Do you have an anxious child?

Alyssa Leonard
By Alyssa Leonard April 20, 2018 14:29

A chart describing the behavioural Characteristics of School Refusers and Truants

By Alyssa Leonard

When it comes to a child missing school, there is a fine line between truancy and school avoidance or refusal.

One of the signs of an anxious child is the refusal of going to school, participating in other activities or seeing friends. According to the Canadian Mental Health Association, anxiety is the most common mental health problem in young people.

School avoidance is also common. In a presentation by psychologist Dr. Janet Orchard, during the second annual Parent Involvement Committee parent fair at the Ciociaro Club on April 17, it was revealed that 28 per cent of school aged kids have either flirted with school avoidance or fall under it. In that percentage, only eight per cent are considered truant (missing school without good reason).

“People think it’s sickness [when the anxiety starts], and maybe it is in the beginning, but if you’re anxious and you discover something that keeps you away from something that makes you anxious, it grows and gets to be a bigger and bigger problem,” said Orchard, Director of the Acute Psychiatric Inpatient Program and Outpatient Services at Maryvale Adolescent and Family Services.

Orchard said little kids tend to avoid specific things at school, such as the introduction of a substitute teacher or a fight with friends. She said they may present their anxious feelings to their parents as being at school makes them feel “bad” but are incapable at their age of explaining why. Sometimes they may talk about sick stomachs or headaches.

“The ugly truth about parenting an anxious child is that the worst thing you can do allow that anxious child to stay home from school,” said Orchard. “Because the more they stay home from school, the more they want to stay home from school.”

Four distinct reasons that children may avoid or refuse to attend school.

The Anxiety Disorders Association of British Columbia claims school refusal peaks at several points of development, including with entry into Kindergarten. The risk with school avoidance is the child will fall behind or fail to meet academic milestones, have difficulty developing and maintaining friendships, become isolated from peers and miss opportunities to learn new things and engage in fun activities.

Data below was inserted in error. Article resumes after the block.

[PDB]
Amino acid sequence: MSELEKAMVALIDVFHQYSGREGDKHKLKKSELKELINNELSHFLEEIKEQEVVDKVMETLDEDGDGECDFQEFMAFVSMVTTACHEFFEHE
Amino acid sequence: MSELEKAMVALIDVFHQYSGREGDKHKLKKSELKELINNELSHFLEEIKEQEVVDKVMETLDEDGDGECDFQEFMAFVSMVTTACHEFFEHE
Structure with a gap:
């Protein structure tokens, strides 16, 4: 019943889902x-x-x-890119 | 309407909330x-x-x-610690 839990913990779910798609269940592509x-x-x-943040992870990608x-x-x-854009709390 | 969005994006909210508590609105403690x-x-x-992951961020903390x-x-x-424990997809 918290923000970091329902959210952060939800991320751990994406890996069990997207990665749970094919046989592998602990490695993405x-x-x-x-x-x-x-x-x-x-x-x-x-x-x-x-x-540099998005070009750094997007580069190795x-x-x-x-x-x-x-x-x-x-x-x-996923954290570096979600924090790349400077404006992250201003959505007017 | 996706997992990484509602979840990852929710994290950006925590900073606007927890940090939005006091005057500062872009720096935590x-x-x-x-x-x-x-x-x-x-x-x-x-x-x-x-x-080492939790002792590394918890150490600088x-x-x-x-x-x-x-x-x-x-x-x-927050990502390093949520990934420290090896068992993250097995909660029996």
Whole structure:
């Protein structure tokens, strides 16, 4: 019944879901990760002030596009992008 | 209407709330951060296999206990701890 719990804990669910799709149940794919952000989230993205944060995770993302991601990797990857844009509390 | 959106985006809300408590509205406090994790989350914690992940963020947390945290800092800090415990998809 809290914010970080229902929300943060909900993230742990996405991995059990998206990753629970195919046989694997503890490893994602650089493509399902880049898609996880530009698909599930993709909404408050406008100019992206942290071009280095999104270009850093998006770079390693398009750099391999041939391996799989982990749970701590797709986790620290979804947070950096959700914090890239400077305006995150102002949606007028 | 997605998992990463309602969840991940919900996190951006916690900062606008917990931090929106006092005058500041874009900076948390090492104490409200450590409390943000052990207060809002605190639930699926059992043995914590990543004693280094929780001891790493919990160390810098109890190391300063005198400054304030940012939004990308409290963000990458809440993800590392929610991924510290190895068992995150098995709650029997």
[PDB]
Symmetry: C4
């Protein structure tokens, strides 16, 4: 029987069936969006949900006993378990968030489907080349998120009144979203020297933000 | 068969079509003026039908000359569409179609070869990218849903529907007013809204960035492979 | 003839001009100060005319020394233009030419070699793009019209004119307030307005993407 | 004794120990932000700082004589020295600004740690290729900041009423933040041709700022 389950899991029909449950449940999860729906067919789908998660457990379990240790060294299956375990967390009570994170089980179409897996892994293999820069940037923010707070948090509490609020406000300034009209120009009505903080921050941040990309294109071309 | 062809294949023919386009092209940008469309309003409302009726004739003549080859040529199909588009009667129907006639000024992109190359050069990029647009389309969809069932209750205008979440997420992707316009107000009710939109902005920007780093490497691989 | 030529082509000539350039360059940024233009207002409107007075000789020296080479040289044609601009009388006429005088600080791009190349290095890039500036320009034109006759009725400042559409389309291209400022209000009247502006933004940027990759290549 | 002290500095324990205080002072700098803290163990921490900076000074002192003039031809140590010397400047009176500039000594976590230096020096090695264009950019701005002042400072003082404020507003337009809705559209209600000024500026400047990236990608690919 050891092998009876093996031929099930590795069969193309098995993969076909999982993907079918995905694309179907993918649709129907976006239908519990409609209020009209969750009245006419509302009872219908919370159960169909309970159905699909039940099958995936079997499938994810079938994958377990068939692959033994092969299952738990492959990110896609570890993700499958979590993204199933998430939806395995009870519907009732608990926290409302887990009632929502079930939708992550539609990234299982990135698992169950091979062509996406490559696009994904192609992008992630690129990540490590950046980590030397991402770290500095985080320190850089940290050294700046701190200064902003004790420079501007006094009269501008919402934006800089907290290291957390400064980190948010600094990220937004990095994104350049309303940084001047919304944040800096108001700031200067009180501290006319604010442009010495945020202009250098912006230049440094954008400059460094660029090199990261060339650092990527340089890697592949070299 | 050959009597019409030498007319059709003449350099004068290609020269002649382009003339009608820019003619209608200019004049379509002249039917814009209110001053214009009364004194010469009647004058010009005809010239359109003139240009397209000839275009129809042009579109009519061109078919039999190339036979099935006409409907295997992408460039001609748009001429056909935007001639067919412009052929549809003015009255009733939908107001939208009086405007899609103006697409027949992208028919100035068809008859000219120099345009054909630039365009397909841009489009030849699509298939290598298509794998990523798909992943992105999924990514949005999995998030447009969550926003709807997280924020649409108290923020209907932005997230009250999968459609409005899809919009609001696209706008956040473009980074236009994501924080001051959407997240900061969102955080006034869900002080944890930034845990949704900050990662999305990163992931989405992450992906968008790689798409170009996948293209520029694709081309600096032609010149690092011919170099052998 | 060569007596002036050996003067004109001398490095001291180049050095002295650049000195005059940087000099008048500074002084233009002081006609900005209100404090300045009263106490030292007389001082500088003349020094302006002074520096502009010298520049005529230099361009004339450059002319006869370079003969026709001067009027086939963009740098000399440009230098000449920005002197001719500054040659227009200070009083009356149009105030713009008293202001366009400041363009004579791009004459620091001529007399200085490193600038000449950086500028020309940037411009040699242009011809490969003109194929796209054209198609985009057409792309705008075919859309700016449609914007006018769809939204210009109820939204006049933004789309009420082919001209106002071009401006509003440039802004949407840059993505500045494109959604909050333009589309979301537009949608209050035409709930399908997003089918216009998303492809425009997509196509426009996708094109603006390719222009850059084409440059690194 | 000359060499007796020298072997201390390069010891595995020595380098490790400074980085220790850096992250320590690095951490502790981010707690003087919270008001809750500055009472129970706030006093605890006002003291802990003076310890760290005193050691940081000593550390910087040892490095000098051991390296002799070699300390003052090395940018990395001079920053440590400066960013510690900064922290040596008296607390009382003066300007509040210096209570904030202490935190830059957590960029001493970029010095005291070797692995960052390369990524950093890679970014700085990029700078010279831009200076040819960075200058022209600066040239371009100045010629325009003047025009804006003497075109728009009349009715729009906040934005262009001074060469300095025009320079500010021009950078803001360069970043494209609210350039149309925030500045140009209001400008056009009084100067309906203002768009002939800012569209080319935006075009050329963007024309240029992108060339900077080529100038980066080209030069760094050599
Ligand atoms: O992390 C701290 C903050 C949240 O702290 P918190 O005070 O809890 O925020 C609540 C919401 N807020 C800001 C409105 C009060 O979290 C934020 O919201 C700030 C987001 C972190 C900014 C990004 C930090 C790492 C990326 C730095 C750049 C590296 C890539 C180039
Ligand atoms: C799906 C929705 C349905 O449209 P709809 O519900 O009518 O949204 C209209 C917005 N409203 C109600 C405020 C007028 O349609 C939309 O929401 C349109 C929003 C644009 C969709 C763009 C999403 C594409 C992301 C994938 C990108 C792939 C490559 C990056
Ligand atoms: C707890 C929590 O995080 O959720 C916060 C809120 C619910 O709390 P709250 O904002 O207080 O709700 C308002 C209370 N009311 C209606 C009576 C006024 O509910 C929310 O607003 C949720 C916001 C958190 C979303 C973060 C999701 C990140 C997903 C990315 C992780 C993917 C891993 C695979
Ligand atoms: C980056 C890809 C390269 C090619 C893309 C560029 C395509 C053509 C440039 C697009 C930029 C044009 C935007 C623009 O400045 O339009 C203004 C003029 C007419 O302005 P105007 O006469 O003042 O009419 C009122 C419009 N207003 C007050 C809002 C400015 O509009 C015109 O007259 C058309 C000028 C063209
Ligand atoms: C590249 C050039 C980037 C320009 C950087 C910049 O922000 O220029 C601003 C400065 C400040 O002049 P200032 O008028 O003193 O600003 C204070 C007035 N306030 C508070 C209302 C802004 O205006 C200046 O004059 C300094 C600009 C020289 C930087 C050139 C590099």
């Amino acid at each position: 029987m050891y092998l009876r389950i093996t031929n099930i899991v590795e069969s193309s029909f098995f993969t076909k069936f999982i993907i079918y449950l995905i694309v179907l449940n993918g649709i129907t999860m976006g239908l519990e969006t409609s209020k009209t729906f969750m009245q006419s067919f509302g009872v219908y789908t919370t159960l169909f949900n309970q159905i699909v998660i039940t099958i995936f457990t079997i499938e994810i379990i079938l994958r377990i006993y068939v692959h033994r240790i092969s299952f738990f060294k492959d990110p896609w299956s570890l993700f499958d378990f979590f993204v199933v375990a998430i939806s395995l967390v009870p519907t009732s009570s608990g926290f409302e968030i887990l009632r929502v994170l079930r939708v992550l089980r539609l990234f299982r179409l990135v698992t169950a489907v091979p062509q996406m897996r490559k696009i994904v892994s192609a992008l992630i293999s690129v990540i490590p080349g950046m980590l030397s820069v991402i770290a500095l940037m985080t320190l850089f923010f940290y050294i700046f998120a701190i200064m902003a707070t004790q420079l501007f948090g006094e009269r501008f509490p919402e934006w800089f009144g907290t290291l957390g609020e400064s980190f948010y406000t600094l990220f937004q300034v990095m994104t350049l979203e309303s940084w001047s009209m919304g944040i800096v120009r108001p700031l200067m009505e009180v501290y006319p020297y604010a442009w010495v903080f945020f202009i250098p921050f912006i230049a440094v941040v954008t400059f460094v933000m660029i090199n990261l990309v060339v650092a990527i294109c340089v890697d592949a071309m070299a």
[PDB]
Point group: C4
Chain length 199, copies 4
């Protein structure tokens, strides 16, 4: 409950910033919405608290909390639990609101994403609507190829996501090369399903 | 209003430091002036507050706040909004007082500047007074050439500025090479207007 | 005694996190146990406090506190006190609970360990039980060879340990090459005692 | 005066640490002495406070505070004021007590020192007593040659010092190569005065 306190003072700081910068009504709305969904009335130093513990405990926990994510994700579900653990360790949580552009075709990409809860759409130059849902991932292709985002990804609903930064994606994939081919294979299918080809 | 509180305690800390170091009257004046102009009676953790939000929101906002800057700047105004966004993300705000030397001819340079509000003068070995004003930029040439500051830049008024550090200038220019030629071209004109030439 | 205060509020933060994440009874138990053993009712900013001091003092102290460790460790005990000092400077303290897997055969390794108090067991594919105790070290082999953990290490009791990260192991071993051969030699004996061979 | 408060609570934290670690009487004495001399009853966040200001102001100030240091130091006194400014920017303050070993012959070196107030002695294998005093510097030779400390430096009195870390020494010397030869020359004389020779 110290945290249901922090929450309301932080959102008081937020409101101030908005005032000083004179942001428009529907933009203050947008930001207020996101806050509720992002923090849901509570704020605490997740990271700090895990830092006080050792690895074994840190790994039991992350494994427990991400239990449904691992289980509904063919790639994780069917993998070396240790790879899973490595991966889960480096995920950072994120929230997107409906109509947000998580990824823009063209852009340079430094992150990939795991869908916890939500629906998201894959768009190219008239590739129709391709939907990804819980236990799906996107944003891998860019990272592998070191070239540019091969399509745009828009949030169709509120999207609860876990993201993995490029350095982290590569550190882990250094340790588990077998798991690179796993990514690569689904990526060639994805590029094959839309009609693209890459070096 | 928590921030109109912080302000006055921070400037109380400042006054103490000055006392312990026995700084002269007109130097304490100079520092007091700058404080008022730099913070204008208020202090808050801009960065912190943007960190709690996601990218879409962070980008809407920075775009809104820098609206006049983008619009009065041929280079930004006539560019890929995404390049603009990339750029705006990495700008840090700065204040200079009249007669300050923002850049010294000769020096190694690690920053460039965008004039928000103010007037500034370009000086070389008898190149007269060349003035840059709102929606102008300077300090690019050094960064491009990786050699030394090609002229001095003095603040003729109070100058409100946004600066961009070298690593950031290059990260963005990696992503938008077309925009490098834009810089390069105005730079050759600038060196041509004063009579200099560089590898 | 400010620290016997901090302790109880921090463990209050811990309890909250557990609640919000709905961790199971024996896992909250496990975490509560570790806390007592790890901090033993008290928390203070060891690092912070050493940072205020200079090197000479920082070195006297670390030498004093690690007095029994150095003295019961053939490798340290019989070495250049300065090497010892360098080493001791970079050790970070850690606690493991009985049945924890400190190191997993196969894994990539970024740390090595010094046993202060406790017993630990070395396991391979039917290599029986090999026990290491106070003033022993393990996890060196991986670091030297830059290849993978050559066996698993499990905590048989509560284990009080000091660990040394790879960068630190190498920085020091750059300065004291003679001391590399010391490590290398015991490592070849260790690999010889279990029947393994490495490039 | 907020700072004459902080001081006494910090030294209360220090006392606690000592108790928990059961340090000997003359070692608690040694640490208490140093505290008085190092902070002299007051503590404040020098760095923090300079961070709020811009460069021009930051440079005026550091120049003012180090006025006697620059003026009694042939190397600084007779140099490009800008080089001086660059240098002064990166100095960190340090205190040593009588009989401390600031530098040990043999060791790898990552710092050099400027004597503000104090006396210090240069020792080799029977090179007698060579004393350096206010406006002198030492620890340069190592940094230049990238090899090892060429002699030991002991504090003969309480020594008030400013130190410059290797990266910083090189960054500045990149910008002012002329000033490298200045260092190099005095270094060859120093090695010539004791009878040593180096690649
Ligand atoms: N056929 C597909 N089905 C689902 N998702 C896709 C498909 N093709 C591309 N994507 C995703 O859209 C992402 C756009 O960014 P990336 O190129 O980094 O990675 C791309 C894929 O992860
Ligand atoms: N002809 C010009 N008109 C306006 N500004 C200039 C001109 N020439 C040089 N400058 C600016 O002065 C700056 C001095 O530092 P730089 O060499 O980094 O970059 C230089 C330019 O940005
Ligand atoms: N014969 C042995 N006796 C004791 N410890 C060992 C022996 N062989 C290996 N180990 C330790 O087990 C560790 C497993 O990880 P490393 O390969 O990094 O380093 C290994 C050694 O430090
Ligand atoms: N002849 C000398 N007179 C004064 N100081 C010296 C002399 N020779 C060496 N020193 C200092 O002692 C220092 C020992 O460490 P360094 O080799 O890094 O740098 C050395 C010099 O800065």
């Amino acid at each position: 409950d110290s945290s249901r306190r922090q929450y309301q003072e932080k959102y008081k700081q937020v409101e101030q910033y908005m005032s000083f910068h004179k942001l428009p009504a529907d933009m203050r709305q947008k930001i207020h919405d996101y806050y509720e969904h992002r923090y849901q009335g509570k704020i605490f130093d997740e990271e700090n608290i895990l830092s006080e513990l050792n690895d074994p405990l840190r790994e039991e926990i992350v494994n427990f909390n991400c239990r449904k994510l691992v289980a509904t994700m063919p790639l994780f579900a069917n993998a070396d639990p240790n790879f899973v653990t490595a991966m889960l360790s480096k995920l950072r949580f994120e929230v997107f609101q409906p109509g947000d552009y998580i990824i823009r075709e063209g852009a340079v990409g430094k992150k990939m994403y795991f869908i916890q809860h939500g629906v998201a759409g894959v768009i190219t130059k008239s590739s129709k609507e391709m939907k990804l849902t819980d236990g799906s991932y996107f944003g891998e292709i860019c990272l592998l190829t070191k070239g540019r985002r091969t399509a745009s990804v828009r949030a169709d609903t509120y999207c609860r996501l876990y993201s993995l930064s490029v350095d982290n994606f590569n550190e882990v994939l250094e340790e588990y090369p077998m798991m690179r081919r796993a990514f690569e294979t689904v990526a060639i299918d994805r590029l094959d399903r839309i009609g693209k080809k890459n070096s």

“Whether your child exhibits difficulties as young as two, not until they are well into primary school, into middle school [grades 6-8] or high school [grades 9-12], it is important that prompt attention is given to understanding why your child is struggling, and that you provide tools to help him/her adapt. The longer school refusal persists, the more entrenched the behaviours become, and as expected, the more difficult they are to correct,” said AnxietyBC’s webpage on school refusal.

Stephen Fields, communications coordinator for the Windsor Essex Catholic District School Board, said children today deal with a lot more anxiety and stress than they ever have before. He said teaching staff how to spot the signs has been integrated into their self development days as well as the WECDSB’s curriculum.

“It is something that we take very seriously and we do everything that we can to make sure that kids are being properly accommodated for, that they are able to recognize the signs of mental health issues and that we are pointing them in the right direction so that they are able to get the help that they need.”

Orchard said people who identify with anxiety in adulthood began experiencing it usually in late childhood and early adolescence.

Fields said at the WECDSB they have a psychologist, a mental health lead and child and youth workers in their system to help identify and work with students who experience anxiety and to help them learn how to handle it. He said they also assist with finding community resources for the children and parents if they require further help.

“Every day they’re in our schools, they’re dealing with students and they’re connecting with community organizations at the same time to try and make sure that those are all coming together and that we’re taking a holistic approach that they’re being adequately cared for.”

Alyssa Leonard
By Alyssa Leonard April 20, 2018 14:29

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